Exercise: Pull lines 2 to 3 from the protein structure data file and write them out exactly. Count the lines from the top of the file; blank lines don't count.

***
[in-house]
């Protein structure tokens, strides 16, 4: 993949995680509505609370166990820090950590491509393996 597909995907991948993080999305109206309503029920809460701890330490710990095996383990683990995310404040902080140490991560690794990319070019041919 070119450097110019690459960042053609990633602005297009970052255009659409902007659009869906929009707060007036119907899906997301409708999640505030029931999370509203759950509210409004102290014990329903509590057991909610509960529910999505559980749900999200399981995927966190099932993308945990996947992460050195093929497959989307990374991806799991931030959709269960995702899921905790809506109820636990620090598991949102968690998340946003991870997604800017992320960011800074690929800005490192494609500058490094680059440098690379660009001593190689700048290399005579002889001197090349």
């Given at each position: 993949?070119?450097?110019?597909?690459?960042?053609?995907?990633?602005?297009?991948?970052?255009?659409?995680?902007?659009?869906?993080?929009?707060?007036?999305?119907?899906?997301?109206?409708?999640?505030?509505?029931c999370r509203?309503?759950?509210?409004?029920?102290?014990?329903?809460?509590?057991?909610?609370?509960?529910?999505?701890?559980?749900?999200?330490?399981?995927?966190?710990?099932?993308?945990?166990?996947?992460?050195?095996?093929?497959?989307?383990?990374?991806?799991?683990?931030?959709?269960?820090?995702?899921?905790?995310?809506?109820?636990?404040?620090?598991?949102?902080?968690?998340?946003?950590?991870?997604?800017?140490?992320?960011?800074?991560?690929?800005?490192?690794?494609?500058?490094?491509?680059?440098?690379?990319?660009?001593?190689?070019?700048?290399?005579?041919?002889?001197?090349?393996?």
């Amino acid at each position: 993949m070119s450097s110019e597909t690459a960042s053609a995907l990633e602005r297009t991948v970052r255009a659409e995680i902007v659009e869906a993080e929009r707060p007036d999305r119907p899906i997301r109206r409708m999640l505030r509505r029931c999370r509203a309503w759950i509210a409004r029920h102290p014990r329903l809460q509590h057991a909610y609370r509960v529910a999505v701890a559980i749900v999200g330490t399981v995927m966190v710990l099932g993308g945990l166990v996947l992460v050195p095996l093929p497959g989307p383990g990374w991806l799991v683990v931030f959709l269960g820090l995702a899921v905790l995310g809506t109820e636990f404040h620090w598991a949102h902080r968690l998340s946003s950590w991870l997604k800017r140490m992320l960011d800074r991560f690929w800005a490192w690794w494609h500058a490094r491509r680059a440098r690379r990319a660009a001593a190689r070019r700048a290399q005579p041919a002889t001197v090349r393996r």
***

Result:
């Protein structure tokens, strides 16, 4: 993949995680509505609370166990820090950590491509393996 597909995907991948993080999305109206309503029920809460701890330490710990095996383990683990995310404040902080140490991560690794990319070019041919 070119450097110019690459960042053609990633602005297009970052255009659409902007659009869906929009707060007036119907899906997301409708999640505030029931999370509203759950509210409004102290014990329903509590057991909610509960529910999505559980749900999200399981995927966190099932993308945990996947992460050195093929497959989307990374991806799991931030959709269960995702899921905790809506109820636990620090598991949102968690998340946003991870997604800017992320960011800074690929800005490192494609500058490094680059440098690379660009001593190689700048290399005579002889001197090349």
């Given at each position: 993949?070119?450097?110019?597909?690459?960042?053609?995907?990633?602005?297009?991948?970052?255009?659409?995680?902007?659009?869906?993080?929009?707060?007036?999305?119907?899906?997301?109206?409708?999640?505030?509505?029931c999370r509203?309503?759950?509210?409004?029920?102290?014990?329903?809460?509590?057991?909610?609370?509960?529910?999505?701890?559980?749900?999200?330490?399981?995927?966190?710990?099932?993308?945990?166990?996947?992460?050195?095996?093929?497959?989307?383990?990374?991806?799991?683990?931030?959709?269960?820090?995702?899921?905790?995310?809506?109820?636990?404040?620090?598991?949102?902080?968690?998340?946003?950590?991870?997604?800017?140490?992320?960011?800074?991560?690929?800005?490192?690794?494609?500058?490094?491509?680059?440098?690379?990319?660009?001593?190689?070019?700048?290399?005579?041919?002889?001197?090349?393996?």